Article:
I just watched the weather change from beautiful sunshine and 70 degrees, to light rain, then hail, then heavy rain, sun came back out, then more rain. This happened within 15 minutes. Now we are under a tornado watch until 9:00 pm. The only thing missing is snow. In Colorado, it is possible.
As I sat here contemplating the weather changes, I realized it was the perfect representation of bipolar. Personally, I hate when people call the weather bipolar, but in this case, I get it. My son just called home, and he has a tornado outside the house as I type. Crazy, right? That, my friends, is the life in and around bipolar disorder. I do not need to explain further, I am sure you get it.
While the tornado was outside of town, the people in town were preparing, moving downstairs, and watching weather reports for what is next. This is what those living with a person diagnosed with bipolar are doing non-stop. The mood changes come fast and hard at times. It is best if all have knowledge and respect for the disorder. Being able to understand what is happening is helpful. There will be frustrations, it will be difficult; but you will have sight of the radar. Preparing for the storm is easier when you know what is coming.
The day was September 11, 2001. We all know it as one of the worst days in American history. In my life, the days leading up to 9/11 were the lead in to battle. On that specific day, I was recovering from my first round of passing kidney stones. It was my first experience, and I had been in the hospital. Released on heavy medication the evening of September 10, I was home from the work on that Tuesday, sleeping. I woke up groggy from the meds, and when I looked at the T.V., I watched an airplane flying directly into the towers. I would later learn it was the second plane.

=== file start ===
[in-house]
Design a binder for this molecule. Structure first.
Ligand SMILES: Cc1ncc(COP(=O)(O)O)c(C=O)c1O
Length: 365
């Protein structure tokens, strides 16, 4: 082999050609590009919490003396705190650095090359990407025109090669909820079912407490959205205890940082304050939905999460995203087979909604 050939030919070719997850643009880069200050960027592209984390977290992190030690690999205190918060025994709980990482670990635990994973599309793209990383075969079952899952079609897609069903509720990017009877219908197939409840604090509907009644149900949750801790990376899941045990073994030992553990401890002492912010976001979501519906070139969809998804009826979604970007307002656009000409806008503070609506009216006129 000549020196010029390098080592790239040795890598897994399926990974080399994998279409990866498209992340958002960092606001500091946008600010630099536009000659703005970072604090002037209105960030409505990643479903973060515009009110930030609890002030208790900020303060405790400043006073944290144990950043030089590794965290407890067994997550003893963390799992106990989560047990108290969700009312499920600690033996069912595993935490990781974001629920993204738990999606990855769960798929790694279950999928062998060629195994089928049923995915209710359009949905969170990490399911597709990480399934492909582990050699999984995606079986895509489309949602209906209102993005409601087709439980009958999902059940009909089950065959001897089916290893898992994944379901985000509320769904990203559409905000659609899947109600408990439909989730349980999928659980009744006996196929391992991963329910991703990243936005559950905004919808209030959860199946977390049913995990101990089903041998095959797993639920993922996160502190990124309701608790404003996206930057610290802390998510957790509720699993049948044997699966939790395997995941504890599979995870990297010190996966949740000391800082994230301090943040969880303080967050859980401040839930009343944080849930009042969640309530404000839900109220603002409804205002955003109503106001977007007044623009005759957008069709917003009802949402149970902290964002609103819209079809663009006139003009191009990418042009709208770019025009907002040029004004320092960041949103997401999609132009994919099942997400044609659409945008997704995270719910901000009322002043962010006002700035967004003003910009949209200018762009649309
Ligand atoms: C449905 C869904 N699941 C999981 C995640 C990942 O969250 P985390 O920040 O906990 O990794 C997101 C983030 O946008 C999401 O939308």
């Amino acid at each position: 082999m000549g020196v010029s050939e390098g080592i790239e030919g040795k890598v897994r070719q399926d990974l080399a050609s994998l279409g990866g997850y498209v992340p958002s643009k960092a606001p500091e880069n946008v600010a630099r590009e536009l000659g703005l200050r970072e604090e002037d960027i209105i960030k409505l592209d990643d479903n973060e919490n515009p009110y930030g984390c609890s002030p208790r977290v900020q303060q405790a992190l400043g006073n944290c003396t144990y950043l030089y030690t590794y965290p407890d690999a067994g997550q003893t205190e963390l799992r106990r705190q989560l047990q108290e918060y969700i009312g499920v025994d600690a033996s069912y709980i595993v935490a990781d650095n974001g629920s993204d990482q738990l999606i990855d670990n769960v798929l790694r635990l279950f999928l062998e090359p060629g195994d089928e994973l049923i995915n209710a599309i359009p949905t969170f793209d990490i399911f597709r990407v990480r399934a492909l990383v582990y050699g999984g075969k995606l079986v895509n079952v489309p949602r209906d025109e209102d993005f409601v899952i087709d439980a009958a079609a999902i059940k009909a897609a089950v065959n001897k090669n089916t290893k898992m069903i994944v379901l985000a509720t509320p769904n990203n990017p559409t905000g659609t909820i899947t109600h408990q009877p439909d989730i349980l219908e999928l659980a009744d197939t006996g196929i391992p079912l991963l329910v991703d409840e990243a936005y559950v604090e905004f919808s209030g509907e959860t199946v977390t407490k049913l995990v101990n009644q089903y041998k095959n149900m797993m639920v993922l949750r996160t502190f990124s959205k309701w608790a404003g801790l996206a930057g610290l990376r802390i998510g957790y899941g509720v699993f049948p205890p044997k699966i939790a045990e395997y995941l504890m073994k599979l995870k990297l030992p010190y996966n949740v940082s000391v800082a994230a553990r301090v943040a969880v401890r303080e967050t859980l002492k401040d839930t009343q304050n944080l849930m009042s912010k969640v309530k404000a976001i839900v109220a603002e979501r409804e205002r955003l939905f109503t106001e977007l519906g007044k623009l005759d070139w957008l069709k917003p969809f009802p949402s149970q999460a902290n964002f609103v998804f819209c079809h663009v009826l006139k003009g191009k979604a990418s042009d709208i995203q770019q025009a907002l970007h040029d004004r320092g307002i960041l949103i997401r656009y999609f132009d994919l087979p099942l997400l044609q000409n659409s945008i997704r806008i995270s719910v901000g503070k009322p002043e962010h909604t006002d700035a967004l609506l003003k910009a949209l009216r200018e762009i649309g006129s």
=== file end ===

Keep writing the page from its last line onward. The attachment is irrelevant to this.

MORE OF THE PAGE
I went through the day watching one tragedy after another, and the news cycled from one state to the other. As I watched, something inside snapped. By the time my husband came home, I felt like a different person. I don’t know if it was the pain medication, the tragedy, or bipolar being bipolar, but rage took over. There was hollering, there were tears, there were police, and this began a separation in our marriage.
I left that night in a place I had never been. I went from light rain, to hail, to a tornado, all within a few short hours. The next day, I felt myself slipping into one of the darkest depressions I have ever encountered. Within only a couple days, I lost my life, as I knew it. It would be months before I hit the bottom of the pit I was falling in. The climb would prove to be a life changing experience. I needed that fall and the climb to find myself in the midst of Bipolar Disorder. Up until that point, I was a Bipolar patient. Following the tumultuous months of recovery, I would evolve to be a Woman with Bipolar Disorder. The distinction came when I realized the storm wasn’t happening to me, but I was the storm. I was not a victim; I was the guilty one, the culprit causing the chaos.
To deal with the forecast ahead, I had to keep my eyes on the radar. I had to learn more about myself than I thought possible, especially my mental behaviors, reactions, thought process, and coping mechanisms. I may still exhibit all the elements of the storm; the difference is the diminished impact. My willingness to understand how this works removed the tensions that led to the severe responses that once had control. I never want to lose the way I did back in 2001. I am better than that. I am a woman who has Bipolar Disorder, but it will never have me.